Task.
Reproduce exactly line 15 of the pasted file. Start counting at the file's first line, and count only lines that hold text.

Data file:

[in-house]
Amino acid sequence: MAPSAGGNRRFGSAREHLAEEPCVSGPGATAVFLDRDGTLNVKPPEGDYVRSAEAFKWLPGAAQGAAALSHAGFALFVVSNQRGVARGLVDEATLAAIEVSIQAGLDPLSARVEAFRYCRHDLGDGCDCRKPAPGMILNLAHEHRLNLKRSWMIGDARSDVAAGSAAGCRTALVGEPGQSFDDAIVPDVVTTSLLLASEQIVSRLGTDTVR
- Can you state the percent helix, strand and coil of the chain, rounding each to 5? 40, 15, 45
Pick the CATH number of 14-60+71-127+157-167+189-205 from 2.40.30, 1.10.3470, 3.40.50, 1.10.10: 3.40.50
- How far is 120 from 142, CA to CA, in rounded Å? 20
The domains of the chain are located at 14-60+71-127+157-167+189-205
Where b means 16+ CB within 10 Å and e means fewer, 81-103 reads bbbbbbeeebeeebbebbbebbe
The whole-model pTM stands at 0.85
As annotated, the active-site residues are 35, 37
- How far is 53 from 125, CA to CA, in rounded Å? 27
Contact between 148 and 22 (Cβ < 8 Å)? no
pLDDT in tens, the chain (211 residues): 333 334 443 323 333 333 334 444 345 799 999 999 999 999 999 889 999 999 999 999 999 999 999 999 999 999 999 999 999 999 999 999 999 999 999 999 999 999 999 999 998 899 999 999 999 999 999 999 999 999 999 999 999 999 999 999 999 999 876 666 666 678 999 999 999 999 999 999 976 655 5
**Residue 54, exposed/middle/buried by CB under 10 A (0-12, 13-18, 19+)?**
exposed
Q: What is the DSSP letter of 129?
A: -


Q: What is the DSSP letter of 129?